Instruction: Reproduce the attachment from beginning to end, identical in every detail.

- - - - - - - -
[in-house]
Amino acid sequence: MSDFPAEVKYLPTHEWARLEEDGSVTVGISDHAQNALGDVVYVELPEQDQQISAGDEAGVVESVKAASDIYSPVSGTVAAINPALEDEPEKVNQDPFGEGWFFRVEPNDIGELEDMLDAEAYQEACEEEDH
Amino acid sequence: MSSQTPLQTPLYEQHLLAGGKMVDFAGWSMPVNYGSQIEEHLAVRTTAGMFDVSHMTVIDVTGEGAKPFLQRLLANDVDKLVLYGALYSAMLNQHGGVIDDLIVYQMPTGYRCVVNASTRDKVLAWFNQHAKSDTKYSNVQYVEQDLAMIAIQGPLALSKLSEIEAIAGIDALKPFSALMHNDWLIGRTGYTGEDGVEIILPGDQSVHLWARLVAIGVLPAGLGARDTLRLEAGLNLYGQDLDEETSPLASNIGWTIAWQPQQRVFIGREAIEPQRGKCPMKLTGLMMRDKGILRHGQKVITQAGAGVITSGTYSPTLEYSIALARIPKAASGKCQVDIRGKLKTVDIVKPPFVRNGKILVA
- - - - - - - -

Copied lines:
[in-house]
Amino acid sequence: MSDFPAEVKYLPTHEWARLEEDGSVTVGISDHAQNALGDVVYVELPEQDQQISAGDEAGVVESVKAASDIYSPVSGTVAAINPALEDEPEKVNQDPFGEGWFFRVEPNDIGELEDMLDAEAYQEACEEEDH
Amino acid sequence: MSSQTPLQTPLYEQHLLAGGKMVDFAGWSMPVNYGSQIEEHLAVRTTAGMFDVSHMTVIDVTGEGAKPFLQRLLANDVDKLVLYGALYSAMLNQHGGVIDDLIVYQMPTGYRCVVNASTRDKVLAWFNQHAKSDTKYSNVQYVEQDLAMIAIQGPLALSKLSEIEAIAGIDALKPFSALMHNDWLIGRTGYTGEDGVEIILPGDQSVHLWARLVAIGVLPAGLGARDTLRLEAGLNLYGQDLDEETSPLASNIGWTIAWQPQQRVFIGREAIEPQRGKCPMKLTGLMMRDKGILRHGQKVITQAGAGVITSGTYSPTLEYSIALARIPKAASGKCQVDIRGKLKTVDIVKPPFVRNGKILVA